The 1984 Natl. Petroleum Council Estimate of Potential EOR for Miscible Processes
- F.W. Robi (Mobil E&P Services) | A.S. Emanuel (Chevron Oil Field Research Co.) | O.E. Van Meter Jr. (Consultant)
- Document ID
- Society of Petroleum Engineers
- Journal of Petroleum Technology
- Publication Date
- August 1986
- Document Type
- Journal Paper
- 875 - 882
- 1986. Society of Petroleum Engineers
- 5.2 Reservoir Fluid Dynamics, 4.1.9 Heavy Oil Upgrading, 5.4.1 Waterflooding, 4.3.4 Scale, 5.4.9 Miscible Methods, 5.7.2 Recovery Factors, 5.4 Enhanced Recovery, 5.3.2 Multiphase Flow
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In March 1982, the Secretary of Energy requested the Natl. Petroleum Council (NPC) to evaluate the EOR potential of the U.S. The NPC Committee on EOR was formed to fulflll this request. Under this committee, a coordinating subcommittee and four working task groups were selected to perform the study. This paper describes the work of the Miscible Displacement Task Group and reports their findings and conclusions on the potential for EOR by miscible processes in known U.S. reservoirs.
In conjunction with the coordinating subcommittee and the other task groups, the Miscible Displacement Task Group helped upgrade the DOE reservoir data base into the most comprehensive data base available to date on U.S. reservoirs.
A miscible process and economic screening model prepared under contract for the DOE was analyzed, modified, and calibrated by the Miscible Displacement Task Group for this study. With physical screening parameters, the Miscible Displacement Task Group selected reservoirs susceptible to miscible processes from the data base, and then processed them with the NPC model to estimate tertiary oil recovery. Sensitivity to oil prices and rate of return (ROR) were investigated, and the results were combined with the results from the other process task groups (thermal and chemical) to reach an overall assessment of the EOR potential in the U.S.
The potential EOR for miscible flooding is estimated to vary between 2.0×109 and 8.5×109 bbl [0.32×109 and 1.4×109 m3] over the range of prices and technologies considered. Peak rate varies from 200×103 to 980×103 B/D [32×103 to 156×103 m3/d] for the cases investigated.
Field tests and full-scale operations of EOR have increased in recent years. Research in the basic fluid behavior and specific reactions of reservoir fluids to heat, chemicals, and miscible fluids have increased industry knowledge of EOR processes. These activities and the growing importance of increasing potential oil recovery in the U.S. prompted the Secretary of Energy to request the NPC to evaluate the EOR potential from known reservoirs. This paper reports on the methodology used and results developed by the Miscible Displacement Task Group.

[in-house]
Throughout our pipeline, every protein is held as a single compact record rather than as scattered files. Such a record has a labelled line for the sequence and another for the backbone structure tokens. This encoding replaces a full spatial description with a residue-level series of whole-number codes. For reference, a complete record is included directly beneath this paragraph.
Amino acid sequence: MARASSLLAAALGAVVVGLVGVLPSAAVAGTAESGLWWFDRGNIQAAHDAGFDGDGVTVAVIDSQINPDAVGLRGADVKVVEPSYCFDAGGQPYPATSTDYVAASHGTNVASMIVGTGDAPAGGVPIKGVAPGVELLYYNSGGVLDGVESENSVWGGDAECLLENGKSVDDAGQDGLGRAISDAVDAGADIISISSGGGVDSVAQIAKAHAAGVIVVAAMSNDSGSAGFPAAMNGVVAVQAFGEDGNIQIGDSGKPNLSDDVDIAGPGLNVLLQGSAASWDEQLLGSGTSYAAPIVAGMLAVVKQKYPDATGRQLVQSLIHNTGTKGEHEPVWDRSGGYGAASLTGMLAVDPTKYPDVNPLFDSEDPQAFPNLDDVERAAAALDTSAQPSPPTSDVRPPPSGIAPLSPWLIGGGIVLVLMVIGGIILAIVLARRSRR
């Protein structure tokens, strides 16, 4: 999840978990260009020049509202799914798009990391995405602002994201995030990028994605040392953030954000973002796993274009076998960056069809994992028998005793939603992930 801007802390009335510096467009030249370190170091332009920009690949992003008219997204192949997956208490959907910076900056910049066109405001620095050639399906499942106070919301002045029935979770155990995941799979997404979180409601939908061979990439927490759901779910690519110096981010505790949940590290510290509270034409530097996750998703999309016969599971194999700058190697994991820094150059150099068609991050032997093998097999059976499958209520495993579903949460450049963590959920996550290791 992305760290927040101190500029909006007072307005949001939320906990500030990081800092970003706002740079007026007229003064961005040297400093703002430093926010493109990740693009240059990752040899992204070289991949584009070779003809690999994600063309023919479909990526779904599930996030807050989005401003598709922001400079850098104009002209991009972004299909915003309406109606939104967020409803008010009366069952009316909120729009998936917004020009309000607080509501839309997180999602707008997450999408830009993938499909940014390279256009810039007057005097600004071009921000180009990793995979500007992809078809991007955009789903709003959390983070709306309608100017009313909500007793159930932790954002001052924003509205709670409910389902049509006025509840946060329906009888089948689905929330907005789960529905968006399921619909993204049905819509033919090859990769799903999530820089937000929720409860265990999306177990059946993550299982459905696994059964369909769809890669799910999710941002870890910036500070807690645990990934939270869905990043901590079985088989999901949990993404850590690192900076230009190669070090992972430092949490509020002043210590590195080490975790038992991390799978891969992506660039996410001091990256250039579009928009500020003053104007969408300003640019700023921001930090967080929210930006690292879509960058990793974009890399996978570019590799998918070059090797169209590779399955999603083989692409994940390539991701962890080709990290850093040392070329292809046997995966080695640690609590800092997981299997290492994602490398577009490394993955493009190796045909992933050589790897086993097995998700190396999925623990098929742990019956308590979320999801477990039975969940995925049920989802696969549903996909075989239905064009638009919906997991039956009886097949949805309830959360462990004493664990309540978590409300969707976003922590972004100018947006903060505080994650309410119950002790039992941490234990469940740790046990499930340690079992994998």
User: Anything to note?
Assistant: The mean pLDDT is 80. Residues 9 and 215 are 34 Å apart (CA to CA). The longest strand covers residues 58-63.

Miscible floods to date have used CO2, N2, and hydrocarbons as miscible solvents. Commercial hydrocarbon miscible floods have been operated since the 1950's. CO2 miscible flooding on a large scale is relatively recent, and CO2 is expected to be the significant solvent used in the future. There were at least 11 commercial, large-scale CO2 projects under way in Dec. 1983. Several additional commercial projects have been started in west Texas. Since then, development of natural sources of CO2 in Colorado, New Mexico, and Mississippi are in progress. All these activities indicate that CO2 miscible flooding will be a significant EOR process.
In this study, two levels of technology, designated as implemented and advanced, were considered. The implemented-technology case is based on current project design used in recent field projects. A CO2 slug size equivalent to 40% of the HCPV was assumed, along with a water-alternating-gas (WAG) ratio of 1.5:1.
The advanced-technology case assumed that certain improvements in technology would be developed and available for full-scale operations in 1995. For reservoirs with moderate heterogeneity, those with good waterflood sweep efficiency, the volume of CO2 injected was increased. For more highly stratified, heterogeneous reservoirs, it was assumed that "foam" chemicals would be developed to control the flow of CO2 and to improve the sweep efficiency. The estimated potential for miscible EOR from known reservoirs varies between 2.0×109 and 8.5×109 bbl [0.32×109 and 1.4×109 m3] over the range of oil prices considered. The peak rate of EOR production from miscible flooding varies between 200×103 and 980×103 B/D [32×103 and 156×103 m3/d] for the same cases. These ranges cover both the implemented- and advanced-technology cases.
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